Niu: Oh, yeah, exactly. Absolutely agree with you right there. It would be kind of silly to offer it for $3 in the U.S. when they're making $8, because then it's a net negative for them. But, it's tricky, because Zuckerberg's philosophy has always been to focus on the social mission. The finances have always almost seemed secondary to him. Like, he knows it's a necessary part of the business that he has to pursue, but he's not as interested in it. His whole goal has been, arguably naively, this whole social mission of connecting the world, which has kind of contributed to the problem, because they didn't really think about all the bad ways this platform could be used. But, yeah, I think they definitely have a lot of factors to look at.
Lewis: And also, thinking about Wall Street and investors and their expectations, and how that weighs into all of this. One of the points, I think Jeremy Bowman made this point, one of our fool.com writers in an article he wrote was, any decisions that they make with offering a subscription model would have to fit into the broader course of what people are expecting for this business. Facebook's North American ad business has grown over 40% for each of the last four quarters. And this is a market where user growth is in the low single-digit percentage points, so almost all of that is coming from ad inventory and ad prices, which is to say that they would be rolling out a subscription service, but then having to increase the price over time if there was a critical mass of people that were interested in it in order to post meaningful growth. So, it might be that a subscription model can't grow as quickly as their advertising business can.
Niu: And, I just thought of this just now, another idea is this idea of diversifying the revenue even further. They've always had this payments business, but it's never been very big. And if they end up pricing it in a way that their financials will take a hit, they could consider trying to expand the platform in other ways. They've been really dipping their toes in a lot in e-commerce, which I see a lot of potential in, particularly for Instagram. But, there's payments and e-commerce, they have a lot of other areas they could potentially expand into to diversify the revenue base if the subscription model looks like it would be a net negative when trying to replace the ad model. But, yeah, I see a lot of ways out of this.
Lewis: Yeah, if you have 99% of your revenue coming from ads and you do anything that will meaningfully impact the number of ads you're serving up, you have to make sure that whatever you're going to be putting in shows the same revenue growth prospects. Otherwise, you're going to wind up taking a hit on your financials. The growth rates are just going to come down.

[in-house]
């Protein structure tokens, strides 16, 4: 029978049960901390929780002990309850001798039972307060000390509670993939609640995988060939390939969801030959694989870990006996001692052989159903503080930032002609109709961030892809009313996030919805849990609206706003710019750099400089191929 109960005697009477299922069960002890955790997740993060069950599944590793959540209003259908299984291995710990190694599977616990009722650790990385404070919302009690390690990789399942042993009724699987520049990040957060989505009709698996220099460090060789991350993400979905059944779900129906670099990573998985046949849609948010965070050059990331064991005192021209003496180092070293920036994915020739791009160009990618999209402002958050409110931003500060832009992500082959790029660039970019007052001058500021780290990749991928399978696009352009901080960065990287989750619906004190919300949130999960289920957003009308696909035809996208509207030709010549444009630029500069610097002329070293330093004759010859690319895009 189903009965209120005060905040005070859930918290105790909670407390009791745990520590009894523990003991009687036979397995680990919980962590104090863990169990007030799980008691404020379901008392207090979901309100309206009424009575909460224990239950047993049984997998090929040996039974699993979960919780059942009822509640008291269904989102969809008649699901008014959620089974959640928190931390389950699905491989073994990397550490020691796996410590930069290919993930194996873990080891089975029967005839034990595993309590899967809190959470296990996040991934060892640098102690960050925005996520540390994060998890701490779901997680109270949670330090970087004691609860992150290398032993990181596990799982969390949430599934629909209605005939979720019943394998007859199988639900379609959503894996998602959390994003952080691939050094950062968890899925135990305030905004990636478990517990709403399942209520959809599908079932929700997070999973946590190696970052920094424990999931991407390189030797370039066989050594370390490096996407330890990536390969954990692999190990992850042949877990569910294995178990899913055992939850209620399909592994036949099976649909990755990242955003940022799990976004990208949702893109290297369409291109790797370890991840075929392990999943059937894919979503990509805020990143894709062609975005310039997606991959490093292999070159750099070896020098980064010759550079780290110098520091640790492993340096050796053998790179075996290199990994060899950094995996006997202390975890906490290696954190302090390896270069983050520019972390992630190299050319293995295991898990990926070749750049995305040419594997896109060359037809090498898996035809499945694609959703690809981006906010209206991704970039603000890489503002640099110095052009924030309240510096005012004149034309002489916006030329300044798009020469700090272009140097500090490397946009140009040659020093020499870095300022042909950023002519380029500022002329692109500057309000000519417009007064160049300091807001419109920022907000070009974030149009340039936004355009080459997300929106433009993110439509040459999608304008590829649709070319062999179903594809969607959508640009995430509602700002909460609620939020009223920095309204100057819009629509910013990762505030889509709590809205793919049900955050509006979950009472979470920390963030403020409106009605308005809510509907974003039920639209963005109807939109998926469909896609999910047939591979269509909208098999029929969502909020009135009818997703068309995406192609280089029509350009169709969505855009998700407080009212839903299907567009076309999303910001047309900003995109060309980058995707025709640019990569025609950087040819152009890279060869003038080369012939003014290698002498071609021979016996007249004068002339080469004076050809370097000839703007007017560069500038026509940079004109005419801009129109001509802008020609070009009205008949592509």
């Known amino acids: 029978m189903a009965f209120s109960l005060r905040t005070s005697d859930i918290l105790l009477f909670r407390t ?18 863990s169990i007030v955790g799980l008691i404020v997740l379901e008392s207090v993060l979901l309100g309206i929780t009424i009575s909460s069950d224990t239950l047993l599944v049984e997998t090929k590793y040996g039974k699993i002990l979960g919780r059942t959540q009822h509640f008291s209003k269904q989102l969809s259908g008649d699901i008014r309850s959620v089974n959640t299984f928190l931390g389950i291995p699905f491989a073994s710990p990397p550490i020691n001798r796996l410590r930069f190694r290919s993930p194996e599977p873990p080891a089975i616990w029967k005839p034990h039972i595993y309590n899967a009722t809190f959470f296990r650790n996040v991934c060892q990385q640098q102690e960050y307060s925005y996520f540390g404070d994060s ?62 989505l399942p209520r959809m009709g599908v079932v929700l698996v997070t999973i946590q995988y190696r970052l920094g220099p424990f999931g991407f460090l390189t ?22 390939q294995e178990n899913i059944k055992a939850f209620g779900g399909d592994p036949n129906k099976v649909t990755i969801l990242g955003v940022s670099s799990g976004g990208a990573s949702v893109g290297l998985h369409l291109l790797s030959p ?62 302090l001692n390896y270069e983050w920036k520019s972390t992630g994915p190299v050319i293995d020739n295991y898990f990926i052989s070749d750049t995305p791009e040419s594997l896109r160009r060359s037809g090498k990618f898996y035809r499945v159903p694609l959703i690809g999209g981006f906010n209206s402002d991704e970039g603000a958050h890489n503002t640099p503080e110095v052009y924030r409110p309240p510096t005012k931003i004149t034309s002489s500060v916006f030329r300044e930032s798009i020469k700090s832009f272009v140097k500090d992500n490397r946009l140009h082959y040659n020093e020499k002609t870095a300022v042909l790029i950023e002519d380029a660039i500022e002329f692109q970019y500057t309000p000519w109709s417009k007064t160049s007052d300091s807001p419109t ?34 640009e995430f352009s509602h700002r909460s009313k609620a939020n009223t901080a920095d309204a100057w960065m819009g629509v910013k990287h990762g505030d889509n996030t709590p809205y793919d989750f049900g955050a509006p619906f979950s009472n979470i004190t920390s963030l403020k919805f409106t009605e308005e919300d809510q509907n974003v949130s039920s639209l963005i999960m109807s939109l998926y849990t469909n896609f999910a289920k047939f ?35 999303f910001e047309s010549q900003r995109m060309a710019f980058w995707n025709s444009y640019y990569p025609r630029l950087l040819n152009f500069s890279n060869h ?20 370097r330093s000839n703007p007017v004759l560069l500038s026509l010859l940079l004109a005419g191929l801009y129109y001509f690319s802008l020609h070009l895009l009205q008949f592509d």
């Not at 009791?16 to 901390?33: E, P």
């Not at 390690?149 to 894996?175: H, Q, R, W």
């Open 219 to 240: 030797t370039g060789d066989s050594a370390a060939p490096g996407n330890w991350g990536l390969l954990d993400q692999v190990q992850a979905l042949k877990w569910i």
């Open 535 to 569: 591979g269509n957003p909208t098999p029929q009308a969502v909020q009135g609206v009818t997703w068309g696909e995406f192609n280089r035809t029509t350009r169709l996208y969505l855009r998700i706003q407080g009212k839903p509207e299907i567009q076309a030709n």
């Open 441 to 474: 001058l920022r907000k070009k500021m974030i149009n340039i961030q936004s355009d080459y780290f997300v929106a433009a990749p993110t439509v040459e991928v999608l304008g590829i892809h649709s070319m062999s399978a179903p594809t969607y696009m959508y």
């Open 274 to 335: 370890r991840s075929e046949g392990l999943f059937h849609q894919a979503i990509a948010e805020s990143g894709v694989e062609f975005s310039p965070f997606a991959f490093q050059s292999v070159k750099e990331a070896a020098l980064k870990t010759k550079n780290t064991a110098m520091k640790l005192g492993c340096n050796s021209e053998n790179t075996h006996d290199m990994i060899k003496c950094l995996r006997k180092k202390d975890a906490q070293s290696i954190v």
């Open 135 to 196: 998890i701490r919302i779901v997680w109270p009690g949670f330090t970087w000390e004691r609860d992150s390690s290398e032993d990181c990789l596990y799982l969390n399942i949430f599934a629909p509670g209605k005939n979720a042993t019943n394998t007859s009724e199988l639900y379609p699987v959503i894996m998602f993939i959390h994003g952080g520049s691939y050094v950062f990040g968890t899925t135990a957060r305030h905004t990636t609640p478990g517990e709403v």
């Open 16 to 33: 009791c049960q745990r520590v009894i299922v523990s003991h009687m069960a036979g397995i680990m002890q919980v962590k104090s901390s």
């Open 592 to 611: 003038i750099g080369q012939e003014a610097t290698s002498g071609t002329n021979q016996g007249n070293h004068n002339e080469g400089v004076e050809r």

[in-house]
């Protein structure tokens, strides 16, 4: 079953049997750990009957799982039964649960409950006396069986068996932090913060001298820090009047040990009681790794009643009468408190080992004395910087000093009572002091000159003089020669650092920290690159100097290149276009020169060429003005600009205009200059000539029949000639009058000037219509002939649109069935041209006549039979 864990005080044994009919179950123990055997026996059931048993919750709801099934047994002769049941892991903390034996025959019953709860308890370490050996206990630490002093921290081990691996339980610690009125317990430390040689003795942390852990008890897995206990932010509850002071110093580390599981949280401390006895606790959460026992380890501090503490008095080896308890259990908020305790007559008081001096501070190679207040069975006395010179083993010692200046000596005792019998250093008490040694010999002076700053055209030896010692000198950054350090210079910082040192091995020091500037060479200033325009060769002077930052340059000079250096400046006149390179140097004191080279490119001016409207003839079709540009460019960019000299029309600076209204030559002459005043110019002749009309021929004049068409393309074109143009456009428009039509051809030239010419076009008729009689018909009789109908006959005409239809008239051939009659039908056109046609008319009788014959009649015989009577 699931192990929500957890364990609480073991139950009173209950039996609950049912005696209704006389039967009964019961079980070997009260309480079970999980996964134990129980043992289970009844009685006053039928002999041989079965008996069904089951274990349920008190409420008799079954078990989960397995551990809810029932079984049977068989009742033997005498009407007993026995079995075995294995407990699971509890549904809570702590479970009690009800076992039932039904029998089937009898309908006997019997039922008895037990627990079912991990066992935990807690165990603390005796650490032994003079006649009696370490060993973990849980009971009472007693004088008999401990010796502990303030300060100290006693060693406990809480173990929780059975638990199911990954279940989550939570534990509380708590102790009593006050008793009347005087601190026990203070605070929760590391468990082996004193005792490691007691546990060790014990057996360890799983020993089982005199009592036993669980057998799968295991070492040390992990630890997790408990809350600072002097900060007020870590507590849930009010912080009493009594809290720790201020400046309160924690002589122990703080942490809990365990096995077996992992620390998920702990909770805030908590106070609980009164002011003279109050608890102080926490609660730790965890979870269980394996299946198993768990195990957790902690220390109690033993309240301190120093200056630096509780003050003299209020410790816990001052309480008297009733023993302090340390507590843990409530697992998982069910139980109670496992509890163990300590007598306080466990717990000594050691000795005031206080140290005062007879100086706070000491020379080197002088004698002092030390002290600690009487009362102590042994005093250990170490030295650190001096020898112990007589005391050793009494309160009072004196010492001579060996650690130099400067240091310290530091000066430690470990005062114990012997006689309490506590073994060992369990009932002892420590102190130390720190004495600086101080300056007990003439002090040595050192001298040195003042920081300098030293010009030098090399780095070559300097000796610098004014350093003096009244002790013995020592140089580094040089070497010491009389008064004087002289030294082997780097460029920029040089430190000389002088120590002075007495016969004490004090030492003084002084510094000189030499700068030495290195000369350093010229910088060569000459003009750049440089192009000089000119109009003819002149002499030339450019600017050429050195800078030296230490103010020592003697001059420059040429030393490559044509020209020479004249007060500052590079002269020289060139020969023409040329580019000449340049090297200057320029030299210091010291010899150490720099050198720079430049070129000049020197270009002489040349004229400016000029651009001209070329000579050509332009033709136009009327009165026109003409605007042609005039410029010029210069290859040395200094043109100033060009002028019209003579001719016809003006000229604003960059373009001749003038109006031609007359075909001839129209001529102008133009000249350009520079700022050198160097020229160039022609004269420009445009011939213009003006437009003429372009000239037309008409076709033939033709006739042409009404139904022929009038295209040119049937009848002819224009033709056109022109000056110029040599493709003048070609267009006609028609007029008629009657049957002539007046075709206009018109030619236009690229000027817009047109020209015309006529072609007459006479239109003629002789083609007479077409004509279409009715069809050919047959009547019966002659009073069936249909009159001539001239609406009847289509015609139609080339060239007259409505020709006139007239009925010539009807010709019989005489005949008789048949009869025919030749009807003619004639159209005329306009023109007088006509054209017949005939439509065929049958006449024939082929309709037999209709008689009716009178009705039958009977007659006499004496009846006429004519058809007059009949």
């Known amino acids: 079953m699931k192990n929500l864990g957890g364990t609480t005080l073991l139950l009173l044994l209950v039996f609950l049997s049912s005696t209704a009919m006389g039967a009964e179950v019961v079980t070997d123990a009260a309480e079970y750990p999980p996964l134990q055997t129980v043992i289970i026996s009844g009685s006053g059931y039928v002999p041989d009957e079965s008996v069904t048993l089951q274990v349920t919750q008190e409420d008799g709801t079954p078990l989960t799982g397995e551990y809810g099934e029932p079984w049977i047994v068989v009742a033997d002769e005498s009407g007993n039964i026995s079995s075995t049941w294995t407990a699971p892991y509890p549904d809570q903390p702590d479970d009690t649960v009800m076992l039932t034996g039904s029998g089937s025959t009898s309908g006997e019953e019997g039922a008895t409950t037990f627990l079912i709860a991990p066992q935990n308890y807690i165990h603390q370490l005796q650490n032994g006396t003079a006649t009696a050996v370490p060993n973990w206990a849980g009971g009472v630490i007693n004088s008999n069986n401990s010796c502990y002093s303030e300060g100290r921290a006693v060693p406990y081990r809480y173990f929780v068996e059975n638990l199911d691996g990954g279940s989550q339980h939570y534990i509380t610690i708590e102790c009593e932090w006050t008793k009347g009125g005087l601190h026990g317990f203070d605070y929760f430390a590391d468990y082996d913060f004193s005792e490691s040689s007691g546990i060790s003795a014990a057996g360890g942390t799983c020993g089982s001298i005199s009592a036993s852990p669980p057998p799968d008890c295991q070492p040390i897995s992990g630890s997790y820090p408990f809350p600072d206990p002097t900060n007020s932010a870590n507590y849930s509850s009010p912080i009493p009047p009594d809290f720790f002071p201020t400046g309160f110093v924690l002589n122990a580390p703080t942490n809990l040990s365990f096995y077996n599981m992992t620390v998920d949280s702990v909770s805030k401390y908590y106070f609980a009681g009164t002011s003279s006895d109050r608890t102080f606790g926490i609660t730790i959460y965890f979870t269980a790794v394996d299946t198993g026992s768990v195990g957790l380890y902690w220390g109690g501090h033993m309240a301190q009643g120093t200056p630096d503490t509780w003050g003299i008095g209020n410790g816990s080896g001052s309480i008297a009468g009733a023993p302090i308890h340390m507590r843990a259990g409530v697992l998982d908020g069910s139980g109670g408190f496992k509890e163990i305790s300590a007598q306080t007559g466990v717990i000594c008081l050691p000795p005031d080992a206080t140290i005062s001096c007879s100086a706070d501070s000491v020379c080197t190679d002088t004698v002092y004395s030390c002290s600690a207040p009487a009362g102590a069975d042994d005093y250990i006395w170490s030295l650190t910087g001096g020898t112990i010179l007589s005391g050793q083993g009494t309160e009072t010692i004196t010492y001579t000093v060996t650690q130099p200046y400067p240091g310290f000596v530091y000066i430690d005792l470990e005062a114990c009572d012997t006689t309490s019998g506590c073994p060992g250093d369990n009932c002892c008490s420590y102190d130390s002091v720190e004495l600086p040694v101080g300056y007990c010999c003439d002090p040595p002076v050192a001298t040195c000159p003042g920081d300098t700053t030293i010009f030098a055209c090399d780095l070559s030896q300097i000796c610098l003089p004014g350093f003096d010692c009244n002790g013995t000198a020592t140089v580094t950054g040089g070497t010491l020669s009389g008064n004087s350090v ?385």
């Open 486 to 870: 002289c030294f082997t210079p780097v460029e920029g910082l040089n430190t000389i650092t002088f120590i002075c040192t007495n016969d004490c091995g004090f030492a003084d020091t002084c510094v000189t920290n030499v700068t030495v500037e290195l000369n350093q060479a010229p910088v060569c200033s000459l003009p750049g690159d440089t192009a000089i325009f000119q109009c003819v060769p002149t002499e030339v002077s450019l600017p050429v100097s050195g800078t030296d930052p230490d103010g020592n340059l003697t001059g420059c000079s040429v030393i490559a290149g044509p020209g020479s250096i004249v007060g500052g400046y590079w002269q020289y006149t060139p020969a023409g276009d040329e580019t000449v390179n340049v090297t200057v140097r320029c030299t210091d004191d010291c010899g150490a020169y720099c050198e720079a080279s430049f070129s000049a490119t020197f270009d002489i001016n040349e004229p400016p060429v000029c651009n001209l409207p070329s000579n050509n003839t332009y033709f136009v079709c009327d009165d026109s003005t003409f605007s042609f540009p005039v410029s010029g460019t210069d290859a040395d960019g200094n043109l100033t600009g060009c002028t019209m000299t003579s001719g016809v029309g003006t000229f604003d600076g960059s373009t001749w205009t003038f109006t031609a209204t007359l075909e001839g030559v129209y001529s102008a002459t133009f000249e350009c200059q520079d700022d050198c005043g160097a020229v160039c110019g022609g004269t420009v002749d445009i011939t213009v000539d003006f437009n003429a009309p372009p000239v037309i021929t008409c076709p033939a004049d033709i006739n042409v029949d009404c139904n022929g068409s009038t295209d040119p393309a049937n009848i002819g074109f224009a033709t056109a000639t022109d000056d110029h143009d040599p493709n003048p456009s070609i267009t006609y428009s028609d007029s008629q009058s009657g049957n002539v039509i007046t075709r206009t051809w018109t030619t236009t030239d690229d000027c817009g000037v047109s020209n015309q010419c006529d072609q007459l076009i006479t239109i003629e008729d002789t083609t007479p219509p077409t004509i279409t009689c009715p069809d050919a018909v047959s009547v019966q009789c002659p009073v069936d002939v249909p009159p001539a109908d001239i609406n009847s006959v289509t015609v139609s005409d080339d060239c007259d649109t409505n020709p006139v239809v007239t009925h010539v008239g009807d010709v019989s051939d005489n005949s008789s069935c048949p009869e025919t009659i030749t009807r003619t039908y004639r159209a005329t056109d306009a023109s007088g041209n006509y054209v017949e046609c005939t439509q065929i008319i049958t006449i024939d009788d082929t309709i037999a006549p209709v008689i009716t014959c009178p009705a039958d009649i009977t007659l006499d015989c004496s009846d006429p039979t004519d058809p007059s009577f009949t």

Niu: Right. I do wonder if, maybe in the next earnings call, if analysts will ask about this and if we'll get a little bit more color then. But for now, all we have to go off is three sentences. [laughs]
Lewis: And that's what we do. We speculate somewhat wildly based on three sentences, Evan.
Niu: That's part of the game.
Lewis: That's part of the game. Listeners, that does it for this episode of Industry Focus. If you have any questions or if you just want to reach out and say hey, you can shoot us an email over at email@example.com -- oh, my God, was that a sneeze, Austin Morgan?!
Morgan: ... That was a sneeze.
Lewis: That was vicious. I heard that through the studio wall. My gosh! I'm just going to keep rolling, because I think that's a great human moment. [laughs] If you're looking for more of our stuff, you can subscribe on iTunes or check out The Fool's family of shows over at fool.com/podcasts. As always, people on the program may own companies discussed on the show, and The Motley Fool may have formal recommendations for or against stocks mentioned, so don't buy or sell anything based solely on what you hear. Shout-out to Austin Morgan for all his work behind the glass, editing and sneezing. For Evan Niu, I'm Dylan Lewis. Thanks for listening and Fool on!
John Mackey, CEO of Whole Foods Market, an Amazon subsidiary, is a member of The Motley Fool's board of directors. Suzanne Frey, an executive at Alphabet, is a member of The Motley Fool's board of directors. Dylan Lewis owns shares of Alphabet (A shares), Amazon, Apple, and Facebook. Evan Niu, CFA owns shares of Apple, Facebook, and Netflix. The Motley Fool owns shares of and recommends Alphabet (A shares), Alphabet (C shares), Amazon, Apple, Facebook, and Netflix. The Motley Fool has the following options: long January 2020 $150 calls on Apple and short January 2020 $155 calls on Apple. The Motley Fool has a disclosure policy.